"Get your cherries fresh and ripe! These are the sweetest you've ever tasted!" a man called out to me as I walked past my neighborhood farmers market this morning. He's right: this month is the perfect time to enjoy Bing and Rainier cherries at their most succulent, firm, and flavorful. We're in the middle of stone fruit season that bears a bounty of apricots, plums, peaches, and their hybrid fruits all the way through the end of the Summer and into Fall. From salads to salsas and sweet treats, here are 10 of my favorite ways to enjoy the fruit family — aside from eating 'em out of hand, of course.
Right now, farmers markets everywhere are heralding the arrival of apricot season, which comes just as warm-weather festivities start to light up, but before the sun and temperatures become unrelenting. At the height of their heyday, these fuzzy orange stone fruits are juicy with an intoxicating floral aroma that simply can't be replicated. But keep in mind that they're only around from May to July. How to shop for and cook with them, when you keep reading.
Noyau (pronounced "nwayoh," and spelled noyaux when plural) refers to the kernel inside of a cherry or apricot stone.
To become edible, seed kernels must first be roasted in their pits to destroy toxic levels of prussic acid. Then, they're smashed open with a hammer and used in cooking to add a distinct bitter cherry-almond flavor to dishes.
Noyaux can be employed to enhance ice cream, custard, and amaretti cookies; create the liqueur creme de noyaux; or give almond extract its signature flavor. Have you ever heard of noyaux?
Source: Flickr User king_david_uk
Nothing is more perfect on a picnic-friendly day than a giant bowl of panzanella, or Italian bread salad. Traditionally, the resourceful Tuscans stretched day-old bread by using torn pieces to soak up the liquid in a tomato, cucumber, onion, and basil salad dressed with olive oil and vinegar.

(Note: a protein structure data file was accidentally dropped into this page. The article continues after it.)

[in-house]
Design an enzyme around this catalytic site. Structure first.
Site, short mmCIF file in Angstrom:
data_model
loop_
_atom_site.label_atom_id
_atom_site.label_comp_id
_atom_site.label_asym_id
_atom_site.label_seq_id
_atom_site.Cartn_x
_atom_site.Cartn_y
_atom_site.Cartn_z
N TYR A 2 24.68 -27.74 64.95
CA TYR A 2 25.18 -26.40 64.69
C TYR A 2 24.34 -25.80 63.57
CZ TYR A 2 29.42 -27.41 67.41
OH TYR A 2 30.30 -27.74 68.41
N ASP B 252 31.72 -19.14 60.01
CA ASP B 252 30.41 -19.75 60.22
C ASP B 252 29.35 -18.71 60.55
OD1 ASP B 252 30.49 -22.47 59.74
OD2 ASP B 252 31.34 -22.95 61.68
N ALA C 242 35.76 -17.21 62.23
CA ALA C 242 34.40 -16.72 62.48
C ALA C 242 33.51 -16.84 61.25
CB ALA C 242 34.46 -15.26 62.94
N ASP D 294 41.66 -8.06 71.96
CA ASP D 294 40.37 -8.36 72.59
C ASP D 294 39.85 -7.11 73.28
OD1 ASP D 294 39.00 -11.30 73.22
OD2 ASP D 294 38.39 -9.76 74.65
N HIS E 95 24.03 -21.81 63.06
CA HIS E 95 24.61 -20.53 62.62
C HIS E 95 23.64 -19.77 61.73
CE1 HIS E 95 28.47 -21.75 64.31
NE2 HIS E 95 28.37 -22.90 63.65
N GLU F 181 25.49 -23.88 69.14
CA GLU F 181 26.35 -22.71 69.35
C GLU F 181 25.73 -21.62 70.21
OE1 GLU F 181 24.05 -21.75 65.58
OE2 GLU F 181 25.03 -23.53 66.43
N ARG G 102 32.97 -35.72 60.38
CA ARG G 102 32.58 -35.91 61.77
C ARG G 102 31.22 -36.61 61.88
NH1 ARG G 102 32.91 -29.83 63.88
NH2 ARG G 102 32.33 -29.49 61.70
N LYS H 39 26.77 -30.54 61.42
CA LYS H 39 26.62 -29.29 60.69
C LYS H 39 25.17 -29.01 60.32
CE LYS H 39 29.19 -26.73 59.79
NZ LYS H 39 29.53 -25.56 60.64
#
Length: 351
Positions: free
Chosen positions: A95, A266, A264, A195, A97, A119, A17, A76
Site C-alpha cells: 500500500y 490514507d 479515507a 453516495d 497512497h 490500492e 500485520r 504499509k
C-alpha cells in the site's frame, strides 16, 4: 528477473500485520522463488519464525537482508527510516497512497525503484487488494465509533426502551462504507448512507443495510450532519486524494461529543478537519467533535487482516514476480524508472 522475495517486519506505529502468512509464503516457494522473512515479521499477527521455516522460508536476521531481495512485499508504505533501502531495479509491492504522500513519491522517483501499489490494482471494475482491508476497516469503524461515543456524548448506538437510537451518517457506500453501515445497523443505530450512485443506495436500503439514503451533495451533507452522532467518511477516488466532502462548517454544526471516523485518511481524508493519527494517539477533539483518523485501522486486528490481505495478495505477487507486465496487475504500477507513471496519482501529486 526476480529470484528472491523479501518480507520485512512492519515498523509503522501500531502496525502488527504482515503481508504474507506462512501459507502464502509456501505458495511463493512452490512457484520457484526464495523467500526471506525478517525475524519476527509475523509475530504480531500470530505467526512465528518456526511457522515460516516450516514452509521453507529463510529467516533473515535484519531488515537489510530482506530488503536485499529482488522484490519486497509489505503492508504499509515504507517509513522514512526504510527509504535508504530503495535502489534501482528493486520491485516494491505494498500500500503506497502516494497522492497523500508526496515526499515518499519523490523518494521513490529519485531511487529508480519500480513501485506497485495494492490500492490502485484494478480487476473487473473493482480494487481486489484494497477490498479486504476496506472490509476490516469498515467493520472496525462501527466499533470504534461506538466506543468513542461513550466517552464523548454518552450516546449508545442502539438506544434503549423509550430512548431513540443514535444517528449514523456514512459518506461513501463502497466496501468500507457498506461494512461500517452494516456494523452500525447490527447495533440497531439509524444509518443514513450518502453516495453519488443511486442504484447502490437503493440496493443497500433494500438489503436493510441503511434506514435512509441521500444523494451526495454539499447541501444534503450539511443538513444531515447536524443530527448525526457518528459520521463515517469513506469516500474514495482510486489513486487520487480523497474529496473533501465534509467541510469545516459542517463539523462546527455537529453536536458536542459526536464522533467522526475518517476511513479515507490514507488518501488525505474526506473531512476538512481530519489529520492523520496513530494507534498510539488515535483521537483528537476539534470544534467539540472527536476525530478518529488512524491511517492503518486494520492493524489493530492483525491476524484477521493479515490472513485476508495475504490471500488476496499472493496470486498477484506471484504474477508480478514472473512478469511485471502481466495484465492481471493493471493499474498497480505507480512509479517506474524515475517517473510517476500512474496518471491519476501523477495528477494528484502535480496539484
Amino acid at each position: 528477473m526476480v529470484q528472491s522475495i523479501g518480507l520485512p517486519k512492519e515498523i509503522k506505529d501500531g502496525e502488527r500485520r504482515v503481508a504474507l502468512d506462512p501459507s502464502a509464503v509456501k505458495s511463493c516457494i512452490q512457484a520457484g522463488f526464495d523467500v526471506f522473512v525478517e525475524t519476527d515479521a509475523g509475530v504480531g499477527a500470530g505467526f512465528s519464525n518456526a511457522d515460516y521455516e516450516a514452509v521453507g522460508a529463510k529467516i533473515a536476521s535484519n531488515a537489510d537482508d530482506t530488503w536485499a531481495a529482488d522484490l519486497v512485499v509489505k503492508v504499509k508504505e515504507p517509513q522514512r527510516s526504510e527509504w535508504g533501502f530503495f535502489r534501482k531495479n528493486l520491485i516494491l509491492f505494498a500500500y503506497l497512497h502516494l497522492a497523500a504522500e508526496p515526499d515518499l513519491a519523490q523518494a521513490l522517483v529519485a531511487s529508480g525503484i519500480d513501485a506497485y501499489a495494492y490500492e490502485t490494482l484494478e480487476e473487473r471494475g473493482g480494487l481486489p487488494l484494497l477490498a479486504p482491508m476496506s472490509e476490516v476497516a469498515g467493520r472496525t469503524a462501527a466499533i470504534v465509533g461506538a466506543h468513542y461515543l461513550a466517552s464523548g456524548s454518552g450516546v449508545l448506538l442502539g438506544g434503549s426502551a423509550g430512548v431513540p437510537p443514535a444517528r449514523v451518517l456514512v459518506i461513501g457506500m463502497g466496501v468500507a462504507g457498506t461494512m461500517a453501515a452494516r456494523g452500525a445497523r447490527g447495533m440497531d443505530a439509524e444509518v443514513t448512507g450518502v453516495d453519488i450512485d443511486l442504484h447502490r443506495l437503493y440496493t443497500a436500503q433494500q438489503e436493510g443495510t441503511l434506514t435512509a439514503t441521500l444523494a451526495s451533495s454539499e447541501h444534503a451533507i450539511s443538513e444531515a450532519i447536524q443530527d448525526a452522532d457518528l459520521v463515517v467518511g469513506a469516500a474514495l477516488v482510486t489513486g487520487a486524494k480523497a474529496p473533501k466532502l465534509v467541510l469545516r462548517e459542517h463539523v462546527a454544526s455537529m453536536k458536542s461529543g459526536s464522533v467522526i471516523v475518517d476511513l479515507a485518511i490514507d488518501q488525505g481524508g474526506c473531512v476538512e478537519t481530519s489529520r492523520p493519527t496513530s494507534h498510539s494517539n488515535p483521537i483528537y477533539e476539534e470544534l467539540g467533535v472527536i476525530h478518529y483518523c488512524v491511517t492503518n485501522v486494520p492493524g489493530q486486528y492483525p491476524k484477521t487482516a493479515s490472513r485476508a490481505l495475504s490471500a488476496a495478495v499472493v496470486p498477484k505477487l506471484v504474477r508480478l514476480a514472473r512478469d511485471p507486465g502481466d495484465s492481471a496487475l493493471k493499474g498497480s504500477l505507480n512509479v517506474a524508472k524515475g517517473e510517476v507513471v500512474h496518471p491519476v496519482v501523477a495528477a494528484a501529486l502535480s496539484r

But Italian chef Chris Cosentino takes panzanella in a different direction by putting a dessert spin on it with Summer stone fruits and a luscious zabaglione flavored by Moscato d'Asti. The result is a lighter, fresher version of bread pudding. Can't decide between a sweet and savory bread salad? Then make both. For the recipes, read more.
With the overpowering aroma of stone fruit at the farmers market and a particularly warm weekend, I decided it was the ideal time to make one of my favorite summertime obsessions: Popsicles. To keep it simple and showcase their pure deliciousness, I pureed peaches with tart lime juice and refreshing, home-grown pineapple mint. Because the peaches are perfectly ripe and juicy, you hardly need any sugar to sweeten the pops. If you aren't a peach person, consider another in-season fruit, like plums, cherries, or strawberries. Popsicles are irresistible on hot days, and the only way to beat the next heatwave is to keep reading.
During a recent endeavor to make peach rice pudding popsicles, I loved the rice pudding so much (a good amount of it wound up in my stomach instead of the freezer!) that I decided it was time to make a batch.
Enter this rice pudding recipe, which highlights all the freshest Summer fruits. It's comfort food to the max, with a glutinous bite and creamy, vanilla undertones. Make sure you keep the saucepan at arm's length and stir the rice continuously. I got distracted watching the Olympics, and my saucepan overflowed on me! To get this simple recipe, read more